Having studied dinosaurs casually since I was a kid eons ago, I couldn't resist investing in Prehistoric Life. The images consist of fantastic photos of actual artifacts (fossils, skeletons), beautifully colored pictures and illustrations, and concise descriptions that seem scientifically sound to this Ph.D. chemist and contain a lot of new information and discoveries. The book is divided into a general section "Young Earth" which covers the formation of the planet, plate techtonics, mass extinctions and fossil formation and key fossil sites, "Life on Earth" which consists of a detailed collection of plant, invertebrate and vertebrate life divided by geologic period, which is presented after a brief overview that shows the land masses at the time and a timeline that shows the major events of that period in chronological order. The third and final major section of the book is "The Rise of the Humans" which covers the evolution of homo sapiens from human relatives and ancestors to the origins of modern humans, including chapters on migration, hunter-gathering, cave art and the ice age. The volume contains a glossary, dinosaur list, index and acknowledgements. I haven't decided yet how I will systematically read and enjoy this book because there is so much to it. Since I was most familiar with early sea life (trilobites, shelled organisms, fishes, etc.) through dinosaurs and mammals, I started there, picking images more or less at random, reading the captions, and following threads to answer any random questions that occurred. For example, I had read about Roy Chapman Andrews decades ago, best known for his field trips to Mongolia and the Gobi Desert where he discovered the first dinosaur eggs, and protoceratops (one of the small horned primitive ceratopsians). Prehistoric Life had a drawing of protoceratops, an acknowledgement of several different species and possible sexual variations, a photograph of the fossilized eggs found in the Gobi that were originally thought to be from Protoceratops, but are now assigned to Oviraptor (who had been thought to only be stealing eggs), and a photo of Andrews, who "is thought to be the inspiration for the movie character Indiana Jones." A second example--as a kid, I seem to remember having a plastic dinosaur that was identfied as kronosaurus, one of the plesiosaurs. Prehistoric Life shows that Kronosaurus was not as large as originally thought, and actually had a relatively short neck. On the same page is Elasmosaurus, which had an enormously long neck which, according to the text, had also been changed from what was origninally thought since the head had been mistakenly attached to the end of the tail. Most images of creatures show the size relative to man, the date within the geological period that it lived, where it lived (USA), and the approximate size (length). These two examples illustrate the ability of this book to answer my questions as they occurred, correct old misinformation with the most current scientific data, and raise possible new points of interest (Andrews = Indiana Jones?). I've just begun to explore the section on humans, but I expect the same result. There is an excellent human family tree that shows the skulls of most of the major ancestors of humans, defines the time line and relationships between each of the species. Many of these human ancestors are then discussed individually, with significant detail. Highly recommende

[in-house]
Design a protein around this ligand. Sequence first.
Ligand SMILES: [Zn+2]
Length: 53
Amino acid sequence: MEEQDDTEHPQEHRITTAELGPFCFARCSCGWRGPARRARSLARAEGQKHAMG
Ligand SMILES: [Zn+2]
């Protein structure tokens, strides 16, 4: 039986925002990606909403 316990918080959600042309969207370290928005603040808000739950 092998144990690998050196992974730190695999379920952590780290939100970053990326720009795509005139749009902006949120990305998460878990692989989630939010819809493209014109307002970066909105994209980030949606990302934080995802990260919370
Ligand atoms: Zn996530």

royinjersey More than 1 year ago